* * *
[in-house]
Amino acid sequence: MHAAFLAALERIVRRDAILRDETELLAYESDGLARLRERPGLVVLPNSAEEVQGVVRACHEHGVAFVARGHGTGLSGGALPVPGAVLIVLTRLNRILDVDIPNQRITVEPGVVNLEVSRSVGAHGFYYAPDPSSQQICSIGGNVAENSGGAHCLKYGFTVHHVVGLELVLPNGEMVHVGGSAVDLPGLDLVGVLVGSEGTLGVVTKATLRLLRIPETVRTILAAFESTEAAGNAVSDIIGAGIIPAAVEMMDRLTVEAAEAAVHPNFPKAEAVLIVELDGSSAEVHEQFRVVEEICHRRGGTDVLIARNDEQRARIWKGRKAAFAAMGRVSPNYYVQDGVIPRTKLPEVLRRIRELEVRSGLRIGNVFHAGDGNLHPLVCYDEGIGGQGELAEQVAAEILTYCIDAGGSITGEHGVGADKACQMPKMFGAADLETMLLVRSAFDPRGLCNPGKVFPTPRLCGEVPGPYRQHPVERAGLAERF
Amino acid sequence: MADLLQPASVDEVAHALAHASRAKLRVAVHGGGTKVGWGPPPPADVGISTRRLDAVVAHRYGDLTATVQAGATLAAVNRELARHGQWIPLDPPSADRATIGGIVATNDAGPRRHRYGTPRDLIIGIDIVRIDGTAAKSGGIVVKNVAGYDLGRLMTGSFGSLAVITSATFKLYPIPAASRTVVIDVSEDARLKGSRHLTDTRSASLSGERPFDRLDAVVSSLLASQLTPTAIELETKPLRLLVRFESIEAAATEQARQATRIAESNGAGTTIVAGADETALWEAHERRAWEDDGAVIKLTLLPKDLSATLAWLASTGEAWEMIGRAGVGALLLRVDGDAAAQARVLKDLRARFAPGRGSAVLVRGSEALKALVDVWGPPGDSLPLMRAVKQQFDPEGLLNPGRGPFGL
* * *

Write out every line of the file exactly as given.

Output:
[in-house]
Amino acid sequence: MHAAFLAALERIVRRDAILRDETELLAYESDGLARLRERPGLVVLPNSAEEVQGVVRACHEHGVAFVARGHGTGLSGGALPVPGAVLIVLTRLNRILDVDIPNQRITVEPGVVNLEVSRSVGAHGFYYAPDPSSQQICSIGGNVAENSGGAHCLKYGFTVHHVVGLELVLPNGEMVHVGGSAVDLPGLDLVGVLVGSEGTLGVVTKATLRLLRIPETVRTILAAFESTEAAGNAVSDIIGAGIIPAAVEMMDRLTVEAAEAAVHPNFPKAEAVLIVELDGSSAEVHEQFRVVEEICHRRGGTDVLIARNDEQRARIWKGRKAAFAAMGRVSPNYYVQDGVIPRTKLPEVLRRIRELEVRSGLRIGNVFHAGDGNLHPLVCYDEGIGGQGELAEQVAAEILTYCIDAGGSITGEHGVGADKACQMPKMFGAADLETMLLVRSAFDPRGLCNPGKVFPTPRLCGEVPGPYRQHPVERAGLAERF
Amino acid sequence: MADLLQPASVDEVAHALAHASRAKLRVAVHGGGTKVGWGPPPPADVGISTRRLDAVVAHRYGDLTATVQAGATLAAVNRELARHGQWIPLDPPSADRATIGGIVATNDAGPRRHRYGTPRDLIIGIDIVRIDGTAAKSGGIVVKNVAGYDLGRLMTGSFGSLAVITSATFKLYPIPAASRTVVIDVSEDARLKGSRHLTDTRSASLSGERPFDRLDAVVSSLLASQLTPTAIELETKPLRLLVRFESIEAAATEQARQATRIAESNGAGTTIVAGADETALWEAHERRAWEDDGAVIKLTLLPKDLSATLAWLASTGEAWEMIGRAGVGALLLRVDGDAAAQARVLKDLRARFAPGRGSAVLVRGSEALKALVDVWGPPGDSLPLMRAVKQQFDPEGLLNPGRGPFGL